This 3D Printer Can Print Objects With Moving Internal Parts

If this video had come out in April I would have thought it was a prank. I've seen 3d printers before but nothing with this much precision. What is most impressive is the fact that this thing can somehow "print" internal moving parts. This printer may not be directly related to photography but it's so versatile, it could be related to anything. I recently lost my lens hood for my 24-70mm lens. It would be nice to print another one and save $30. Maybe my kids will have that luxury.

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I have one word....."Skynet".

I finished working for an education Centre for local schools about 2 months ago, we had 3 different 3D printers, one from these guys, z corp. and other two i can't remember what companies. Kids used them everyday! I thought people knew about this stuff :/ 

Also the z corp one we had, was years old. Still pretty cool, the kids got to bring in an object, we can scan it it, scale it, and print it. 

How does the internal parts work? Are you having to manually draw that after the outer scan?

Yes, or they could have disassembled the real wrench, scanned each piece, then reassembled it in the software before printing.  We have a 3d printer at work and have printed working assemblies on several occasions.  What they are failing to tell you is that it isn't as strong as machined plastic would be.  The layers tend to be where it would break.  But they are decently strong (I wouldn't trust that wrench fora real job though particularly in space, not with current technology).

Would have to scan each piece or actually make it on the computer with various 3D modelling software!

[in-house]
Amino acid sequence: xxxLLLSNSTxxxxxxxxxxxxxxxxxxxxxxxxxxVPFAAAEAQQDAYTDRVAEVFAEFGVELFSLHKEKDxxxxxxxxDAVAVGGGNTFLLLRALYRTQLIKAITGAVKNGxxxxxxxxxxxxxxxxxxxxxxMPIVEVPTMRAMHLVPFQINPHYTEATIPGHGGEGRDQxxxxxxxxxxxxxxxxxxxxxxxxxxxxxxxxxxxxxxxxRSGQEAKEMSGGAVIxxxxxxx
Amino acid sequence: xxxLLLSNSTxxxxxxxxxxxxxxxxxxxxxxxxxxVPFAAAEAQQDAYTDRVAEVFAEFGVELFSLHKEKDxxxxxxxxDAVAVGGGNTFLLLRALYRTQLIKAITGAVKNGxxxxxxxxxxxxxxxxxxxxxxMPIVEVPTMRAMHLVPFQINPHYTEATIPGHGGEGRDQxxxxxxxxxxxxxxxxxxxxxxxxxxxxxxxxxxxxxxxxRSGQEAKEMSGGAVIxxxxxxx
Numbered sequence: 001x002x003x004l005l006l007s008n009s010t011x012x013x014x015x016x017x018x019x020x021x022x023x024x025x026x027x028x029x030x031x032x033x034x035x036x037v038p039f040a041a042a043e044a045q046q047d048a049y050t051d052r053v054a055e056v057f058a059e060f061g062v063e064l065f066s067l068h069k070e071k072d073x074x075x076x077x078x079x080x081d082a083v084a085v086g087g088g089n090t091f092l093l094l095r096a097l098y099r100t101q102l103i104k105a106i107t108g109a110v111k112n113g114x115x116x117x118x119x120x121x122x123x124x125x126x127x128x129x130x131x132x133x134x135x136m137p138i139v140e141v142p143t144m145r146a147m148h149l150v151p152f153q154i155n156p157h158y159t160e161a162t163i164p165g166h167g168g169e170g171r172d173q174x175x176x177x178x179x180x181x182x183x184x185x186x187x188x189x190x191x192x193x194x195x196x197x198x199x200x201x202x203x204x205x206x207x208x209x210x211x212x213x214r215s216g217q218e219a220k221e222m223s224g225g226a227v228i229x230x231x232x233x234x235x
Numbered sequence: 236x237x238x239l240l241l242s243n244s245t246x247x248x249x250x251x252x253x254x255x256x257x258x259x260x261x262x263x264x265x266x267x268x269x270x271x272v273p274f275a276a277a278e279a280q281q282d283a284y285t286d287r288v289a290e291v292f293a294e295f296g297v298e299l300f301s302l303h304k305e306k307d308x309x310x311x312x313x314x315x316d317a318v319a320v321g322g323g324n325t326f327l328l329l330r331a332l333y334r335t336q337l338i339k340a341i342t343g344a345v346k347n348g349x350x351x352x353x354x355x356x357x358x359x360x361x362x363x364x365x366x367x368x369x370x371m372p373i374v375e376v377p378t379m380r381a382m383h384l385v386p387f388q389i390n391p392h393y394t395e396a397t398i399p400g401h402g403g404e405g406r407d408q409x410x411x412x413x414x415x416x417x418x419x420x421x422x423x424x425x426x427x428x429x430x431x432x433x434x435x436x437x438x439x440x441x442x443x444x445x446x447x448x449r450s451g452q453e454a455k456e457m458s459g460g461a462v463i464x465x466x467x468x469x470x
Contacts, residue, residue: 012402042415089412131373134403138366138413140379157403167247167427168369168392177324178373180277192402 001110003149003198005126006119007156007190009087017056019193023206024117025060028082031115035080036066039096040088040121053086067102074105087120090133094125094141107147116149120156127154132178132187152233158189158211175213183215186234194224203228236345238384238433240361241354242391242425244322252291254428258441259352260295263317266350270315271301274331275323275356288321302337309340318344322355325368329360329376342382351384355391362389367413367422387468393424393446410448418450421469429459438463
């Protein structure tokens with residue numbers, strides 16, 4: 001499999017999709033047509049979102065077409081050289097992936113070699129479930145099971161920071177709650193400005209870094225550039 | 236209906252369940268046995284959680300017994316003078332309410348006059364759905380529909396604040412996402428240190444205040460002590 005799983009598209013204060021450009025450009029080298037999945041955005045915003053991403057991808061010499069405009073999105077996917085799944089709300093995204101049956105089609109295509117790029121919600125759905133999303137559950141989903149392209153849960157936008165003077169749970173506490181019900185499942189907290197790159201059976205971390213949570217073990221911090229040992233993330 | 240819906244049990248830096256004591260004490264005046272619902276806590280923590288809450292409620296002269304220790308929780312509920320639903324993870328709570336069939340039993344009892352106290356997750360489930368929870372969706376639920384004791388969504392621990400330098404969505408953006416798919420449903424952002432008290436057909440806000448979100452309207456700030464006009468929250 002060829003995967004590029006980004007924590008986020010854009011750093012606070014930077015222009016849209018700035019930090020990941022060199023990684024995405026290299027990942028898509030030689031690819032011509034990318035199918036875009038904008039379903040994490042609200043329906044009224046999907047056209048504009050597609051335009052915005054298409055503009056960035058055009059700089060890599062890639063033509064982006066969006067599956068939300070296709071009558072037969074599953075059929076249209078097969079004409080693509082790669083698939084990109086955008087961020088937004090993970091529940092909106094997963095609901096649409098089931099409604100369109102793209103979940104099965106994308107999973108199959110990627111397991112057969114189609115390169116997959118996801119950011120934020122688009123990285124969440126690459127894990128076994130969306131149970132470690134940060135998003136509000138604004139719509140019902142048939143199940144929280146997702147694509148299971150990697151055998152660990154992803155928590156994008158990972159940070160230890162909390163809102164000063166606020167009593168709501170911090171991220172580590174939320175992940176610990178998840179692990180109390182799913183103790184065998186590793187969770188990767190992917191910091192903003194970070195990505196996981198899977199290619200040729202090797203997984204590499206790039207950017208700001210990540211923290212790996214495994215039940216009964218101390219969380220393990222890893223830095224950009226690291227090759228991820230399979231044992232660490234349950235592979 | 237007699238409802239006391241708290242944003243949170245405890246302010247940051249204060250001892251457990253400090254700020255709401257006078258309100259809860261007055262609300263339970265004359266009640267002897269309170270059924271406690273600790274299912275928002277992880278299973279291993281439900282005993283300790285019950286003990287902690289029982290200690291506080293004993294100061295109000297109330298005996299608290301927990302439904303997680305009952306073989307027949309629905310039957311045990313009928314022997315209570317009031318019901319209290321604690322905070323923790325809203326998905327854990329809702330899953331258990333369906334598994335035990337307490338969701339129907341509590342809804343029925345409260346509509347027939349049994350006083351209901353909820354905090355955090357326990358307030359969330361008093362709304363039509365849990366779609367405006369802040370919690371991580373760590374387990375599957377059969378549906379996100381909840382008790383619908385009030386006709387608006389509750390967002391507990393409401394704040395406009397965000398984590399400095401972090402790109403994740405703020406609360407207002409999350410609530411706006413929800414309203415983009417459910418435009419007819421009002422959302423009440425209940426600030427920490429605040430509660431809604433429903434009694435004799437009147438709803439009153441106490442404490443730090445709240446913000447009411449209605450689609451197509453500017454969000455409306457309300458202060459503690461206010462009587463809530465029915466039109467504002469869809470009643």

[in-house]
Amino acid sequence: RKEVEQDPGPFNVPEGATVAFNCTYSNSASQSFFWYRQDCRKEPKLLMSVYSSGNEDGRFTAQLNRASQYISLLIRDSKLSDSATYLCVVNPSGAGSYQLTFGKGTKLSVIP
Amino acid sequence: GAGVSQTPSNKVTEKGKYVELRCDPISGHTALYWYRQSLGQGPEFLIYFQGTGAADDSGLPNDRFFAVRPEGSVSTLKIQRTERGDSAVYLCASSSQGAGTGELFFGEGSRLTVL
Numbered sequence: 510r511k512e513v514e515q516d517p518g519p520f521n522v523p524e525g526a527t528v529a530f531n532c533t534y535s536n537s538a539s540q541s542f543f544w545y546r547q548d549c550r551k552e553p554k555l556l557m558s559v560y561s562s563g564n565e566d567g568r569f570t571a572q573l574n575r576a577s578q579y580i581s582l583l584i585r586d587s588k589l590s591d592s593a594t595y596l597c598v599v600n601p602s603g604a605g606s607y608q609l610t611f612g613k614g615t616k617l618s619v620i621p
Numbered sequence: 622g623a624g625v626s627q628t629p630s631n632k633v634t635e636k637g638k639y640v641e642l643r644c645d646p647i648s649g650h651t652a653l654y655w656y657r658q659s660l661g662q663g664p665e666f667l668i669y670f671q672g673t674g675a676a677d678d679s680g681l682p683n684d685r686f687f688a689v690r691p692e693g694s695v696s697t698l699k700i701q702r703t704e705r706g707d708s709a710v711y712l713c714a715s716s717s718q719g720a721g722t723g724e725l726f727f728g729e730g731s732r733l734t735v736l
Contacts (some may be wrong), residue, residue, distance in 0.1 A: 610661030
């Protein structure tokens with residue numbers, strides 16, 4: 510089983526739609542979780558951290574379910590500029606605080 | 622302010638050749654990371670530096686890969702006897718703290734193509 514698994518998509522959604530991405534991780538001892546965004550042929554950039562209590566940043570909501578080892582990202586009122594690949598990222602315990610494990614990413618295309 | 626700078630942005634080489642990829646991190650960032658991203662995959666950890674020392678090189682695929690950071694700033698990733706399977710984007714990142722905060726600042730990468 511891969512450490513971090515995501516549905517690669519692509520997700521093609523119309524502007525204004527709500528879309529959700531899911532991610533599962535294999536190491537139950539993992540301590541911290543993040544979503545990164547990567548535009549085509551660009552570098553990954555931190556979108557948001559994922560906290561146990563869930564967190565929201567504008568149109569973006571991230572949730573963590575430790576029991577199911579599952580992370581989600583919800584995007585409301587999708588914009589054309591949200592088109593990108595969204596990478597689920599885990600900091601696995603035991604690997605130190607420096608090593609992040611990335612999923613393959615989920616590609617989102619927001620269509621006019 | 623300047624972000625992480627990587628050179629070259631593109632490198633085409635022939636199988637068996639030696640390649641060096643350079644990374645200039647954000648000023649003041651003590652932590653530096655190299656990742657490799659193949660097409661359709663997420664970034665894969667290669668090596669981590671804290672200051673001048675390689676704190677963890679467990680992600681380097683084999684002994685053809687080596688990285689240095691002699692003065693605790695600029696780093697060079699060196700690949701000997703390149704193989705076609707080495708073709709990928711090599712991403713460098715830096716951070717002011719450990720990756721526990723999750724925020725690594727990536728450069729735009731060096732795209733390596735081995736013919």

mark r's picture

i have a friend that has one of these and they are frickin' amazing

Laura Eliza's picture

This is... unbelievable. Star Trek is real O_O

Lance Burns's picture

I love it. I want one. I have no clue what I would do with it but so cool.

YannB's picture

can't stop technologies, but how much is it ? must be freaking expensive ! 

soon, im gonna print my ex-girlfriend. hahahaha

Peter Pollack's picture

Make me a Harley! Please.

I think they skipped the part between scanning and sending the model to printer. it's not as straight forward, the scanned model needs some work and obviously it will not scan what the scanner can't see.
if you look at the first wrench, it doesn't have a ring attached to the end but the printed one does. that's the most obvious difference.   0:10  vs  2:33
still very very cool but of course costly.


Unfortunately, printing your own would probably cost you more than $30. If I recall correctly, our school would charge $50 per object smaller than 6"x6"x6" because of the cost of the printing medium, maintenance and power consumption.

Wow! Dear Santa, this is what I want for Christmas.

i still dont know if i believe it. my finite mind cant wrap around this!

If you think that's cool, try to wrap your heads around this:


A 3D printer, which you can build yourself...

I miss working with these both my high school and college had these. They are insane and awesome. 


Just like the other guy said "I don't get it" although it seems so awesome. Well above my head.

Now I know how Harbor Freight builds all there tools :P

someone asked how much...the cheapest ones retail at about $15,000 (usd) ....HONESTLY, not that expensive when you see what they can do....prototyping is the one main use i can see where it would be amazing....there's another vid i've seen where they just drop in a 3D CAD drawing of a ball bearing, and the thing comes out and spins freely...amazing...

Shamir Fersobe's picture

So that means that I can print Canon lenses? niice! 

Joop van Roy's picture

So, about downloading that car...

Now I can print my D3 and all my lenses..for back-up.

What is far freakier is the video I saw similar to this a while back at one of the TED conferences where the 3D printer was being used to print organ tissue for transplants. Check it out:

The whole 'strength' thing is a lie, we have that same printer at school  and models come out pretty weak, you have to use solutions to harden them and still they end up fragile as crackers.